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10 Aug

Hey Manhattan!

After months of delay and swirling speculations surrounding the upcoming World Championship match between Magnus Carlsen and Sergey Karjakin being held in New York, it will indeed be held in New York! Better late than never I suppose, as on Tuesday, Agon Limited, Fide’s official commercial partners for the world championship cycle, confirmed that it would take place November 11th to 30th in the scenic South Street Seaport District of downtown Manhattan.

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According to the official press release, the Match arena will be built within the newly refurbished Fulton Market Building, a five-minute walk from Wall Street, and will also feature dedicated spectator and VIP lounges with panoramic views of the Brooklyn Bridge as well as retail space, a restaurant, TV studios and much more.

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The new-look Fulton Market Building

Ilya Merenzon, Chief Executive of Agon, said: “We are thrilled to hold the Championship in such a fantastic venue – a location that befits the status of chess as one of the world’s fastest growing sports both in terms of participation and commercial appeal.

“This is going to be the first Championship Match contested by two Grandmasters of the smartphone generation – a battle of two of the finest minds on the planet – and witnessed and enjoyed by countless chess fans who play the game online everyday.”

The playing hall will have room for up to 300 spectators with ticket prices up to $50. Tickets for the $1million 12-game showdown between the Norwegian two-time defending champion Carlsen and his Russian challenger, Karjakin, go on sale on August 17. Anyone interested in attending can register their interest at the official site nyc2016.fide.com.

However, Agon will be serving many thousands upon thousands of more chess fans online on its website, where games and live commentary will be provided. Details will be announced at a later stage, but it is expected that Agon will have learned their lesson of attempting to impose a draconian copyright on game scores - as they foolishly attempted to do at the Moscow Candidates’ Tournament - and could be set to allow rival websites to also broadcast the moves live, so long as they agree to show the names of the official match sponsors.

And no one as yet knows who the match sponsors will be, as that’s not been announced as yet, though sources close to Agon have hinted to the media that an announcement on sponsorship would be made by the end of the month and that two seven-figure sponsors were already on board. We look forward to hearing more on that shortly!

Meanwhile at the Sinquefield Cup in St Louis, after two rounds of draws - although some gritty fights and entertaining stuff nevertheless - Veselin Topalov of Bulgaria jumped into the sole lead going into today’s rest day with a somewhat fortuitous win in round five against Ding Liren of China, which was the only decisive game of the round.

 

Meanwhile at the Sinquefield Cup in St Louis, after two rounds of draws - although some gritty fights and entertaining stuff nevertheless - Veselin Topalov of Bulgaria jumped into the sole lead going into today’s rest day with a somewhat fortuitous win in round five against Ding Liren of China, which was the only decisive game of the round.

All the action from the Sinquefield Cup is being streamed live daily on www.grandchesstour.org, featuring play-by-play and analysis from the world-renowned commentary team of GM Yasser Seirawan, GM Maurice Ashley, and WGM Jennifer Shahade.

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Photo © | Sinquefield Cup GCT

Leaderboard
1. Veselin Topalov (Bulgaria) 3.5/5; 2-4. Levon Aronian (Armenia), Wesley So (USA), Vishy Anand (India) 3; 5-6. Fabiano Caruana (USA), Hikaru Nakamura (USA) 2.5; 7-9. Ding Liren (China), Anish Giri (Netherlands), Maxime Vachier-Lagrave (France) 2; 10. Peter Svidler (Russia) 1.5.

GM Veselin Topalov - GM Ding Liren
4th Sinquefield Cup, (5)
Ruy Lopez, Flohr-Zaitsev Variation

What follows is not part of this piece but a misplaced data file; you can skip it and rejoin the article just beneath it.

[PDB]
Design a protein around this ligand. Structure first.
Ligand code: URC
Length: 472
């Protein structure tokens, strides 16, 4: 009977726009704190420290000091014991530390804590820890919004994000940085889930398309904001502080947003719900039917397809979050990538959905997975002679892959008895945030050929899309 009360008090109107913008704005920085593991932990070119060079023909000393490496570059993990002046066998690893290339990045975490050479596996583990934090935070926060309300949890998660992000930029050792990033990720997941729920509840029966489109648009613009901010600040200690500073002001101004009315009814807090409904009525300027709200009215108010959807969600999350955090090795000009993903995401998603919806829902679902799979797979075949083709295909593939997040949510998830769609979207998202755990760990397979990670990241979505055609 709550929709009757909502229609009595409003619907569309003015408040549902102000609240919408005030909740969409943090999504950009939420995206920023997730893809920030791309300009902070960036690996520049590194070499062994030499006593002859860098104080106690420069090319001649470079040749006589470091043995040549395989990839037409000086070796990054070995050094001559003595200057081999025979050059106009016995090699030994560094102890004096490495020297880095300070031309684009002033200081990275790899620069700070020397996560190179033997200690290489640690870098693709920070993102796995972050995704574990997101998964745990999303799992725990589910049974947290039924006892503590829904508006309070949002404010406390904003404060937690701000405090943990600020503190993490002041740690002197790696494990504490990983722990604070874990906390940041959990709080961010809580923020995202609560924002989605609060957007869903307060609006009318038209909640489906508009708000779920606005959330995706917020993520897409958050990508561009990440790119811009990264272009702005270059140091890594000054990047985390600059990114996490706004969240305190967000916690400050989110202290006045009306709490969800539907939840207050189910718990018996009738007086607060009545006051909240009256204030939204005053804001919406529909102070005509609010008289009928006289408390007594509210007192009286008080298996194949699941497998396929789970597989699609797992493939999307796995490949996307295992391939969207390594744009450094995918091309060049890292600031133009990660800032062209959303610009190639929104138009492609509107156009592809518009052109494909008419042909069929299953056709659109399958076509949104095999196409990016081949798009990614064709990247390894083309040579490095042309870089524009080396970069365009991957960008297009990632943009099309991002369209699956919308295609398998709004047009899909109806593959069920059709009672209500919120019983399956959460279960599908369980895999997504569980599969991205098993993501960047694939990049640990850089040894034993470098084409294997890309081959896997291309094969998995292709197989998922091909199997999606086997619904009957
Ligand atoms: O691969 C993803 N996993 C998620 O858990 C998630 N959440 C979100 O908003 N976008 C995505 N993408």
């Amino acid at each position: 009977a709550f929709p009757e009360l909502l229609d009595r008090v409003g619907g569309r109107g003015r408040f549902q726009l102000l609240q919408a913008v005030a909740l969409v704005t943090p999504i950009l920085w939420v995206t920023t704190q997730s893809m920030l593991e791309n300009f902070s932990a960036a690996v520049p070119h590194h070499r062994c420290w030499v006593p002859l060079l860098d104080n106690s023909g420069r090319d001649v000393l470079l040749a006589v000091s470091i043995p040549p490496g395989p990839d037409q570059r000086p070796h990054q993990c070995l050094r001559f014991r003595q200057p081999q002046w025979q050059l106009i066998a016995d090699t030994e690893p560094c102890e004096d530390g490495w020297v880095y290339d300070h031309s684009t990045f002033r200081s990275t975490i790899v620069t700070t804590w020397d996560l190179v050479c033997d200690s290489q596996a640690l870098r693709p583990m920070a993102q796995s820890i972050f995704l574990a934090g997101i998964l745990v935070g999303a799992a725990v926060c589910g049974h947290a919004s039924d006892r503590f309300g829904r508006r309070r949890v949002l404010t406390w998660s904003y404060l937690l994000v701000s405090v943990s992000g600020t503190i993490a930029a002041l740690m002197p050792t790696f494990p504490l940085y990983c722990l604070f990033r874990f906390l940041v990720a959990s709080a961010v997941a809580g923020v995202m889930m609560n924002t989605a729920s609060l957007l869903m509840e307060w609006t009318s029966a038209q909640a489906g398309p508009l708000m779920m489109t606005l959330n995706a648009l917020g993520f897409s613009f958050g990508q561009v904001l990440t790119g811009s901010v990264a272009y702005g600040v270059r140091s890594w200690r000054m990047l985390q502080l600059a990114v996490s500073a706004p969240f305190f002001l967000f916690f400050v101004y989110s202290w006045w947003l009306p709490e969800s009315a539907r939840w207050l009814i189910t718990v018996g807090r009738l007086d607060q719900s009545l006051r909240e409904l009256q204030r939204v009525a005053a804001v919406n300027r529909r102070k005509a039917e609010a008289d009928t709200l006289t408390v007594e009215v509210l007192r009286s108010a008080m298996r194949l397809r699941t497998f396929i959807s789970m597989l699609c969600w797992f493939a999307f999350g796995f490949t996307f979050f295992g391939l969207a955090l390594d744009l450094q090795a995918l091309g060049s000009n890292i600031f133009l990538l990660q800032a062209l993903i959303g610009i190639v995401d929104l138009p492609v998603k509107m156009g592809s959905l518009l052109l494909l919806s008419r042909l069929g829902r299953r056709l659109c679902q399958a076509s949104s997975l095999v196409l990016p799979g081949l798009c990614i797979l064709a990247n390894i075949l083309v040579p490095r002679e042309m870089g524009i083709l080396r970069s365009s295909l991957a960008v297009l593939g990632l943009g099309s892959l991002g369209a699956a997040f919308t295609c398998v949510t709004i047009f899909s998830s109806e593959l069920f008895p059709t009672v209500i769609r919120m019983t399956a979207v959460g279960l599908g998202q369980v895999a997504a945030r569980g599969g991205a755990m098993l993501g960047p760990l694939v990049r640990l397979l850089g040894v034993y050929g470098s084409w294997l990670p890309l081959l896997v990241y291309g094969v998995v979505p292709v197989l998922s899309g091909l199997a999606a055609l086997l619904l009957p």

1.e4 e5 2.Nf3 Nc6 3.Bb5 a6 4.Ba4 Nf6 5.0-0 Be7 6.Re1 b5 7.Bb3 d6 8.c3 0-0 9.h3 Re8 10.d4 Bb7 The Flohr-Zaitsev Variation - though more usual with 9...Bb7 - has been the height of current fashion since Igor Zaitsev (One of Anatoly Karpov's trainers) showed that the old plan with ...Na5 (e.g. the classic bout between Fischer,RJ - Stein,L, 1967) was less safe than re-organising with ...Re8 and ...Be7. This is a pretty heavyweight GM line that proved to be a battleground during another World Championship match in New York - though shared with Lyon, France - between Karpov-Kasparov in 1990. 11.Nbd2 For those looking for an easy day at the office, there's also the well-known "GM draw" threefold repetition here with 11.Ng5 Rf8 12.Nf3 Re8 13.Ng5 etc. 11...Bf8 12.a3 Two other well-trodden paths are 12.d5 and 12.a4 - but no doubt Topalov wanted to avoid the 'business end' of the Zaitsev of Black playing ...exd4 and following up with ...Nb4 and ...c5, as those wonderful battles between Kasparov and Karpov. 12...h6 Played to avoid the annoying knight hop of Ng5. 13.Bc2 With the usual Zaitsev ...Nb4 option, not a factor anymore, Ding Liren goes for a well-known 'Breyer regrouping' of his knight, which will be redeployed via d7. 13...Nb8 14.b3 Nbd7 15.Bb2 Rc8 With Black's rook vacating the a-file, opening it up now makes perfect sense for Topalov. 16.a4 b4?! It's almost as if Ding Liren has been totally flummoxed by Topalov's 12.a3, as he rashly plays a move that just helps to open the game for White's better-placed pieces to strike. He would have been wiser playing cagily himself with 16...c6, leaving his options open for perhaps a counter-strike in the centre with ...d5. In any case, from here, Ding Liren comes under enormous pressure. 17.cxb4 exd4 18.Bxd4 c5 19.bxc5 Nxc5 20.Qb1 a5 21.b4! Immediately creating a very problematic passed a-pawn that Black has to keep a close eye on. Not only that but Topalov's pieces are nicely poised to strike. The only thing Ding Liren has going for himself here is the pressure on White's e-pawn. 21...axb4 22.Qxb4 Ba8 23.a5 d5!? Realising how difficult his position was becoming, Ding Liren opts to complicate matters - and probably the best thing to do in such circumstances. If Black immediately recaptures the pawn, then he looks doomed: 23...Ncxe4 24.Nxe4 Nxe4 25.Ba4! Re6 26.Bb6 Qf6 27.Qd4! And White has a big advantage in space ,as well as the ace in the hole with that big a-pawn. 24.Bxf6 Qxf6 25.e5 Qa6 Keeping tabs on the a-pawn, but.... 26.Qg4! This swift switch to the kingside attack highlights the inherent problems with Black's position: he can't defend against both attacks, as something has to give. 26...Ne6 27.Bf5 Rc5 28.Bxe6! Topalov has quickly sized-up how he's going to win, as he leaves Ding Liren with a bad bishop on a8 with his knights now coming to the fore. 28...Rxe6 29.Nb3 Crucially defending the all-important passed a-pawn - but also looking to put a stranglehold on the d4 square with his knights, thus leaving Black to deal with his blocked in bishop on a8. 29...Rc4 30.Nfd4 Bb7 31.Qf5 Taking the exchange does give Black some chances, as Black's bishops become more active. Also, a strong option was 31.Qh5 followed by Re3 and a kingside attack. As it is, Topalov has his own plan. 31...Re7 32.e6! Bc8 If 32...fxe6 33.Rxe6 Rxe6 34.Nxe6 Qd6 35.a6! wins. 33.exf7+ Rxf7 34.Qxd5 Bb7 35.Qe6 Two pawns down, Ding Liren should really be thinking of resigning here - but all credit to him for finding ways of avoiding the inevitable by activating his pieces. 35...Rb4 36.Re3 Qa8 37.Rc1 Bd5 38.Rc8 Bxe6 39.Rxa8 Bc4 40.Rc8 Kh7 41.Rc3 Ba6 42.Rd8 Ra4 43.Ne6 Stronger and better would have been 43.Rc6 first. 43...Bb4 44.Rc6 Bb5 45.Rc1 Ra2 This is as good as it gets for Ding Liren - somehow, two pawns down, he's given himself good saving chances. 46.f3 Ba4 47.Nbd4 Bxa5 48.Ra8 Bb6 49.Kh1 Bb3 50.Rb8 Bxe6 51.Rxb6! This was by far the more dangerous bishop, as it retained certain saving chances by covering White escape squares for his king on g1 and h2. 51...Bf5 52.Rd6 Not 52.Nxf5 as the double rook ending will give Black excellent chances of saving the game, especially with all the pawns on the one side of the board. 52...Bg6 53.Rd8 The problem for Ding Liren is that his king is susceptible to getting caught in a mating net, as it is trapped in the corner allowing White's rooks and knight to combine for maximum mayhem. 53...Bf5 54.Rd6 Bg6 55.Rc8 Rb7 56.Rdd8 Bd3 57.Ne6 Bf1 58.Nf8+? Missing the automatic win with 58.Rh8+! Kg6 59.Nf4+ Kf6 (59...Kf5 60.Rhf8+ Ke5 61.Rc1 Bb5 62.Re1+ Kd4 63.Rc8! and you are going to have to lose your bishop to prevent Re4 mate.) 60.Rc1! Bb5 (60...Ba6? 61.Rc6+ winning a piece.) 61.Rf8+ Ke5 62.Re1+ Kd6 63.Rd8+ Bd7 64.Nh5! and White is going to capture both of those kingside pawns shortly. 58...Kg8 59.Ng6+ Kh7? Wrong - and how costly! Instead, after 59...Kf7 60.Nh8+ Ke7 61.Ng6+ Kf7 all White can do is repeat moves, else he could be losing himself if g2 falls with check. 60.Nf8+ Kg8 61.Ne6+ (See Diagram) 61...Kh7?? The final, fateful blunder. Again, ...Kf7 was correct -only this time though, Black is the one emerging with the better side of the draw: 61...Kf7! 62.Nf4 Bxg2+! 63.Nxg2 Rb1+ 64.Kh2 Rbb2 65.Rf8+ Kg6 66.Kg3 Rxg2+ 67.Kh4 Ra5 68.Rc6+ Kh7 69.Rc4 and a draw is coming - though White is the one more uncomfortable. 62.Rh8+ Kg6 63.Nf4+ Kg5 64.Rhf8 Rbb2 Now if Black tries to escape with 64...Bxg2+ the key move is the totally unhuman-like 65.Kh2!! (And not 65.Nxg2 Rb1+ 66.Kh2 Rbb2 and again, we are heading for a draw, as the above note.) 65...Bxf3+ 66.Kg3 and Black's king is caught in a mating net and he will have to lose a lot of material. 65.Rc7 g6 66.g3 1-0 Ding Liren resigns, as there's no escape from his king caught in the mating net.